In February, the Board received a petition to restrict jet pump or air propeller drives on the Rogue River from Table Rock Road Bridge (at mile 131.3) upstream to the barrier dam at Cole River Fish Hatchery (mile 155.7), except for emergencies, law enforcement, and emergency training by the Jackson County Sheriff's Office. The Board denied the petition and after a detailed discussion, directed agency staff to consider alternatives to rulemaking including education, information, signage, voluntary restrictions and increased law enforcement of existing laws. Board members underscored the importance of looking for solutions before imposing rules that restrict entire user groups and that all parties need to find ways to share the waterways.

In other business, the Board approved a grant to the Oregon Youth Conservation Corps that will employ up to 17 youth who will perform work at seven to 13 boating facilities in three counties during the 2017 summer. The Board approved $9,999.99 in state boater funds (pending legislative approval of the agency's budget) to match $14,735 of applicant cash, materials, equipment and administration to fund one crew in Clackamas County for a total project cost of $24,734.99. The Board also approved a cost increase for utilities installation on the new pumpout and dump station on Foster Reservoir. The Board approved $24,000 in federal Clean Vessel Act funds, and $16,000 in state boater funds to complete the project.

To view the meeting agenda and agency staff report, visit http://www.oregon.gov/OSMB/info/Pages/Board-and-Public-Meetings.aspx.

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BLM Extends Deadline for Nominations for 2017 Reclamation and Sustainable Mineral Development Awards
Bureau of Land Management Oregon & Washington - 04/21/17 11:08 AM
The Bureau of Land Management (BLM) has extended to June 12, 2017 the deadline for submitting nominations for the 2017 Reclamation and Sustainable Mineral Development Awards. The prior deadline was April 28.

These non-monetary awards recognize those programs created to foster sustainable development, which encourages environmental health, social responsibility, and economic security.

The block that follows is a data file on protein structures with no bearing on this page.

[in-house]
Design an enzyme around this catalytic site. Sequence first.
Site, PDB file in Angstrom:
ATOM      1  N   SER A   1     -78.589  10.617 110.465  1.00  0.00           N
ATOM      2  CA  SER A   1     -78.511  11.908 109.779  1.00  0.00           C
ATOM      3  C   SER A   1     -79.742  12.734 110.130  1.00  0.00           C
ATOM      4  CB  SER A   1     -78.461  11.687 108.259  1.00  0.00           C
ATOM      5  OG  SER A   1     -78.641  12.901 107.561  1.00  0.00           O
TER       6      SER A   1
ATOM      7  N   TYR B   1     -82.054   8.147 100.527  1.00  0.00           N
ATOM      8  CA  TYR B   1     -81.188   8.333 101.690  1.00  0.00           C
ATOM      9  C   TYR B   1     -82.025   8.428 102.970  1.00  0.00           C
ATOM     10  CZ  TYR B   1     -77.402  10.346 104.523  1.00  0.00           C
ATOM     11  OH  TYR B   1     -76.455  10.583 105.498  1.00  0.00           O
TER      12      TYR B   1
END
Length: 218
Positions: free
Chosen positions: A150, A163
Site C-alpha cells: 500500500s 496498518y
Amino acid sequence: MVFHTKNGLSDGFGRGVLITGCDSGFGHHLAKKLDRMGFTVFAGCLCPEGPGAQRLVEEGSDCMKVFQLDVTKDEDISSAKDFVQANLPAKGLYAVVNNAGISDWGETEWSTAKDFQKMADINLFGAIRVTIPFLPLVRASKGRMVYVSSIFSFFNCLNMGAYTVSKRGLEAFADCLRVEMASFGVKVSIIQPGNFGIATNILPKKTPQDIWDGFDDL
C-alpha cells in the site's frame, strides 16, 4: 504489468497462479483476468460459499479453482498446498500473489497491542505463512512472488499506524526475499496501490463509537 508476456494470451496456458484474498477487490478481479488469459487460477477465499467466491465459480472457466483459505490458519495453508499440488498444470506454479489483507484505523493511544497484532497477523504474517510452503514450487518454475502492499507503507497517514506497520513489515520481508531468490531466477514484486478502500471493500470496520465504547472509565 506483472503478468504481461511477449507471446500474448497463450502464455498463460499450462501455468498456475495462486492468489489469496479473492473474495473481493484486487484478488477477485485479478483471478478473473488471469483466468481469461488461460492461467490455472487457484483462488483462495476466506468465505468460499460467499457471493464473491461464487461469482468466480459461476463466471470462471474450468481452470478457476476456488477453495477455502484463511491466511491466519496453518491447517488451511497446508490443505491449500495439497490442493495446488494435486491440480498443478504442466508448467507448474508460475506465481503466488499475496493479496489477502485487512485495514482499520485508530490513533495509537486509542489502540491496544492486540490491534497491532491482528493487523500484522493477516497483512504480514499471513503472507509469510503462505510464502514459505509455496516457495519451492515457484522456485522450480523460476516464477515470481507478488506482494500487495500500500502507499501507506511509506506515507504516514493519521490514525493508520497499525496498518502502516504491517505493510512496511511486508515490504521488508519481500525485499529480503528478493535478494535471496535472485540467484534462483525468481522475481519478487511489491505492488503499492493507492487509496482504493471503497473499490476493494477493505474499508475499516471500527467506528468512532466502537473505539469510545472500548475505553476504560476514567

Awards are presented through one of five categories. These include the Hardrock Mineral Environmental Award, the Hardrock Mineral Community Outreach and Economic Security Award, the Hardrock Mineral Small Operator Award, the Hardrock Mineral Director's Award, and the "Fix a Shaft Today!" Award.

The Hardrock Mineral Environmental Award recognizes achievements demonstrating continuous or repeated efforts to successfully meet or exceed federal, state, or local reclamation requirements with minimal oversight.

The Hardrock Mineral Community Outreach and Economic Security Award recognizes the successful coordination of projects with local and regional stakeholders, including those projects that contribute to the quality of life or demonstrate concern for the long-term health of the local community.

The Hardrock Mineral Small Operator Award recognizes operators or organizations, with 15 employees or fewer, who have demonstrated continuous or repeated efforts to successfully meet or exceed federal, state, or local reclamation requirements with minimal oversight.

The Hardrock Mineral Director's Award is presented to a single operator, one whose dedication has resulted in the use of a new or innovative design or technique that allows or enhances successful operations in technically challenging conditions.

The "Fix a Shaft Today!" Award recognizes active participation in the FAST! Campaign, a partnership initiative aimed at eliminating unsafe abandoned mine land features including open mine shafts. Individuals, as well as organizations, are eligible for this award.
Nominations should be submitted to the BLM state office where the individual or organization is located (Attention: Solid Minerals). A brochure offering detailed information on the nomination and selecting process, as well as state contact information, is available online, at:

https://edit.blm.gov/sites/blm.gov/files/documents/files/2017_Sustainable_Awards_Brochure_0.pdf.


Attached Media Files: BLM Extends Deadline for Nominations for 2017 Reclamation and Sustainable Mineral Development Awards
Southeast Oregon Resource Advisory Council accepting nominations